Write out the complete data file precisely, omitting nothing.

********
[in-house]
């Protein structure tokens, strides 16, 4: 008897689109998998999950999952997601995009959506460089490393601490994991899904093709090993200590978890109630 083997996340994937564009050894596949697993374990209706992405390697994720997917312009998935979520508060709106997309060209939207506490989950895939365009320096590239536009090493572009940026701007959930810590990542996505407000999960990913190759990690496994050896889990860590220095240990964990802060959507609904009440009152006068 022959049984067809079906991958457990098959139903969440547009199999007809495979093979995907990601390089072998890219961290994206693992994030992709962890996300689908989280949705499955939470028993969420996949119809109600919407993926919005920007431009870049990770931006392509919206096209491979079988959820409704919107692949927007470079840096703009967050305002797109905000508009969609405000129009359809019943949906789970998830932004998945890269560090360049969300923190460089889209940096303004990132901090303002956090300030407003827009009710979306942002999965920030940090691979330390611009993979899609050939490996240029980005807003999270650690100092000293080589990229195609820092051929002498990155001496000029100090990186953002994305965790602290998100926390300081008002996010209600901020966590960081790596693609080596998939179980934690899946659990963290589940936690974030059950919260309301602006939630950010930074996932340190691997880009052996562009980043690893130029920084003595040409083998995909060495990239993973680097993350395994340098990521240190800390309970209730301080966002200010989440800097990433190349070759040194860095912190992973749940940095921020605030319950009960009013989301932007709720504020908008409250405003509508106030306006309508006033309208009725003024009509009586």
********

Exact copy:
[in-house]
């Protein structure tokens, strides 16, 4: 008897689109998998999950999952997601995009959506460089490393601490994991899904093709090993200590978890109630 083997996340994937564009050894596949697993374990209706992405390697994720997917312009998935979520508060709106997309060209939207506490989950895939365009320096590239536009090493572009940026701007959930810590990542996505407000999960990913190759990690496994050896889990860590220095240990964990802060959507609904009440009152006068 022959049984067809079906991958457990098959139903969440547009199999007809495979093979995907990601390089072998890219961290994206693992994030992709962890996300689908989280949705499955939470028993969420996949119809109600919407993926919005920007431009870049990770931006392509919206096209491979079988959820409704919107692949927007470079840096703009967050305002797109905000508009969609405000129009359809019943949906789970998830932004998945890269560090360049969300923190460089889209940096303004990132901090303002956090300030407003827009009710979306942002999965920030940090691979330390611009993979899609050939490996240029980005807003999270650690100092000293080589990229195609820092051929002498990155001496000029100090990186953002994305965790602290998100926390300081008002996010209600901020966590960081790596693609080596998939179980934690899946659990963290589940936690974030059950919260309301602006939630950010930074996932340190691997880009052996562009980043690893130029920084003595040409083998995909060495990239993973680097993350395994340098990521240190800390309970209730301080966002200010989440800097990433190349070759040194860095912190992973749940940095921020605030319950009960009013989301932007709720504020908008409250405003509508106030306006309508006033309208009725003024009509009586």